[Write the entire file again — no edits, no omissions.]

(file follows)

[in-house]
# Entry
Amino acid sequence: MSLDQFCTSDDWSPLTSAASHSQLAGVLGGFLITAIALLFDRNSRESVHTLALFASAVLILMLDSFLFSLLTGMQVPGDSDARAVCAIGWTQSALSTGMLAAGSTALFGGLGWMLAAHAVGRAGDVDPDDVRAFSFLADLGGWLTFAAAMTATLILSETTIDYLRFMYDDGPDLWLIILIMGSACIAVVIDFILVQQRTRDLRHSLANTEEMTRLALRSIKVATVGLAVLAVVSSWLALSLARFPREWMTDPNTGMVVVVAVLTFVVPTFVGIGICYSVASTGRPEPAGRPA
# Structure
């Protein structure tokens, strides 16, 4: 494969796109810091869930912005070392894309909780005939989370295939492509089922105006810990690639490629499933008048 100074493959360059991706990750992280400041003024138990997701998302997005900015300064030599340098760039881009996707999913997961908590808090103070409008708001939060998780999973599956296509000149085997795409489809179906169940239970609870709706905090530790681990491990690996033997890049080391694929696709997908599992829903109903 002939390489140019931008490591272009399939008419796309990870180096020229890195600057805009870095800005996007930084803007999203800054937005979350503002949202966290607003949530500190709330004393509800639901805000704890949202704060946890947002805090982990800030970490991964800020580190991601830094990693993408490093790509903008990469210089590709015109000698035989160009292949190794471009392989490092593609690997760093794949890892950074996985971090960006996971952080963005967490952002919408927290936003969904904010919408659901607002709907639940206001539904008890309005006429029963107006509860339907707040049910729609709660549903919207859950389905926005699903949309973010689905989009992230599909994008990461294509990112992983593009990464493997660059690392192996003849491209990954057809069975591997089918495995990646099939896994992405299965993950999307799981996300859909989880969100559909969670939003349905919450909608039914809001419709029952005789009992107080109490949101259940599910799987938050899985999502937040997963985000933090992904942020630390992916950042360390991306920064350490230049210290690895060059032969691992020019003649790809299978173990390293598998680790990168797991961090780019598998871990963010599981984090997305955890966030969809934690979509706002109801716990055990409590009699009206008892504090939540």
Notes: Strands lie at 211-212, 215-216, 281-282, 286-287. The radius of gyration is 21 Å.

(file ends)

[in-house]
# Entry
Amino acid sequence: MSLDQFCTSDDWSPLTSAASHSQLAGVLGGFLITAIALLFDRNSRESVHTLALFASAVLILMLDSFLFSLLTGMQVPGDSDARAVCAIGWTQSALSTGMLAAGSTALFGGLGWMLAAHAVGRAGDVDPDDVRAFSFLADLGGWLTFAAAMTATLILSETTIDYLRFMYDDGPDLWLIILIMGSACIAVVIDFILVQQRTRDLRHSLANTEEMTRLALRSIKVATVGLAVLAVVSSWLALSLARFPREWMTDPNTGMVVVVAVLTFVVPTFVGIGICYSVASTGRPEPAGRPA
# Structure
């Protein structure tokens, strides 16, 4: 494969796109810091869930912005070392894309909780005939989370295939492509089922105006810990690639490629499933008048 100074493959360059991706990750992280400041003024138990997701998302997005900015300064030599340098760039881009996707999913997961908590808090103070409008708001939060998780999973599956296509000149085997795409489809179906169940239970609870709706905090530790681990491990690996033997890049080391694929696709997908599992829903109903 002939390489140019931008490591272009399939008419796309990870180096020229890195600057805009870095800005996007930084803007999203800054937005979350503002949202966290607003949530500190709330004393509800639901805000704890949202704060946890947002805090982990800030970490991964800020580190991601830094990693993408490093790509903008990469210089590709015109000698035989160009292949190794471009392989490092593609690997760093794949890892950074996985971090960006996971952080963005967490952002919408927290936003969904904010919408659901607002709907639940206001539904008890309005006429029963107006509860339907707040049910729609709660549903919207859950389905926005699903949309973010689905989009992230599909994008990461294509990112992983593009990464493997660059690392192996003849491209990954057809069975591997089918495995990646099939896994992405299965993950999307799981996300859909989880969100559909969670939003349905919450909608039914809001419709029952005789009992107080109490949101259940599910799987938050899985999502937040997963985000933090992904942020630390992916950042360390991306920064350490230049210290690895060059032969691992020019003649790809299978173990390293598998680790990168797991961090780019598998871990963010599981984090997305955890966030969809934690979509706002109801716990055990409590009699009206008892504090939540």
Notes: Strands lie at 211-212, 215-216, 281-282, 286-287. The radius of gyration is 21 Å.